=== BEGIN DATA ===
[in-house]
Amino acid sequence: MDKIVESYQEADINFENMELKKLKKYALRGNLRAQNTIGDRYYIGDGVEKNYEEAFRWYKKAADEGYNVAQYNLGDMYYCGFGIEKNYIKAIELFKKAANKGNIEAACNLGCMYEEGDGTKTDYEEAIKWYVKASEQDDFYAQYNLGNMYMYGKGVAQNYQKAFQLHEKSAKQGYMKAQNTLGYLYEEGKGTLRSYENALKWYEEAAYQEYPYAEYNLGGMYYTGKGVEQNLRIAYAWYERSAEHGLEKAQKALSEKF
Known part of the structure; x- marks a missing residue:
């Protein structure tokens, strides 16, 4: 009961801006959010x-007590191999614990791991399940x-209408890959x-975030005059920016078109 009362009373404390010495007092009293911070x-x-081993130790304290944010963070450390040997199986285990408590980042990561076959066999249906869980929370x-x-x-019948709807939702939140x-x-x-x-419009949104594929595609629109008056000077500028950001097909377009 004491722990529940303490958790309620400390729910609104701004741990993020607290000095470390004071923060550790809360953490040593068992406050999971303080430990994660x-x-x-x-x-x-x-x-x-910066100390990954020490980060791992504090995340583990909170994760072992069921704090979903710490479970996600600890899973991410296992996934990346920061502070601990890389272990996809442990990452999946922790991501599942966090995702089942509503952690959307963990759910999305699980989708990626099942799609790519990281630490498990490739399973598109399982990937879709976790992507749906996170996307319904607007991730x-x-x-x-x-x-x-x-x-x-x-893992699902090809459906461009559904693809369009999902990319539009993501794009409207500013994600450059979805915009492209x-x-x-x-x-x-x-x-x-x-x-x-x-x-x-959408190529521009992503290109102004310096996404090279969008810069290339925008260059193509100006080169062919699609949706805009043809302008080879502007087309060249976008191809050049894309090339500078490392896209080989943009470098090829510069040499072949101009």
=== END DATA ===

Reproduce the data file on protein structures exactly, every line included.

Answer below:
[in-house]
Amino acid sequence: MDKIVESYQEADINFENMELKKLKKYALRGNLRAQNTIGDRYYIGDGVEKNYEEAFRWYKKAADEGYNVAQYNLGDMYYCGFGIEKNYIKAIELFKKAANKGNIEAACNLGCMYEEGDGTKTDYEEAIKWYVKASEQDDFYAQYNLGNMYMYGKGVAQNYQKAFQLHEKSAKQGYMKAQNTLGYLYEEGKGTLRSYENALKWYEEAAYQEYPYAEYNLGGMYYTGKGVEQNLRIAYAWYERSAEHGLEKAQKALSEKF
Known part of the structure; x- marks a missing residue:
């Protein structure tokens, strides 16, 4: 009961801006959010x-007590191999614990791991399940x-209408890959x-975030005059920016078109 009362009373404390010495007092009293911070x-x-081993130790304290944010963070450390040997199986285990408590980042990561076959066999249906869980929370x-x-x-019948709807939702939140x-x-x-x-419009949104594929595609629109008056000077500028950001097909377009 004491722990529940303490958790309620400390729910609104701004741990993020607290000095470390004071923060550790809360953490040593068992406050999971303080430990994660x-x-x-x-x-x-x-x-x-910066100390990954020490980060791992504090995340583990909170994760072992069921704090979903710490479970996600600890899973991410296992996934990346920061502070601990890389272990996809442990990452999946922790991501599942966090995702089942509503952690959307963990759910999305699980989708990626099942799609790519990281630490498990490739399973598109399982990937879709976790992507749906996170996307319904607007991730x-x-x-x-x-x-x-x-x-x-x-893992699902090809459906461009559904693809369009999902990319539009993501794009409207500013994600450059979805915009492209x-x-x-x-x-x-x-x-x-x-x-x-x-x-x-959408190529521009992503290109102004310096996404090279969008810069290339925008260059193509100006080169062919699609949706805009043809302008080879502007087309060249976008191809050049894309090339500078490392896209080989943009470098090829510069040499072949101009």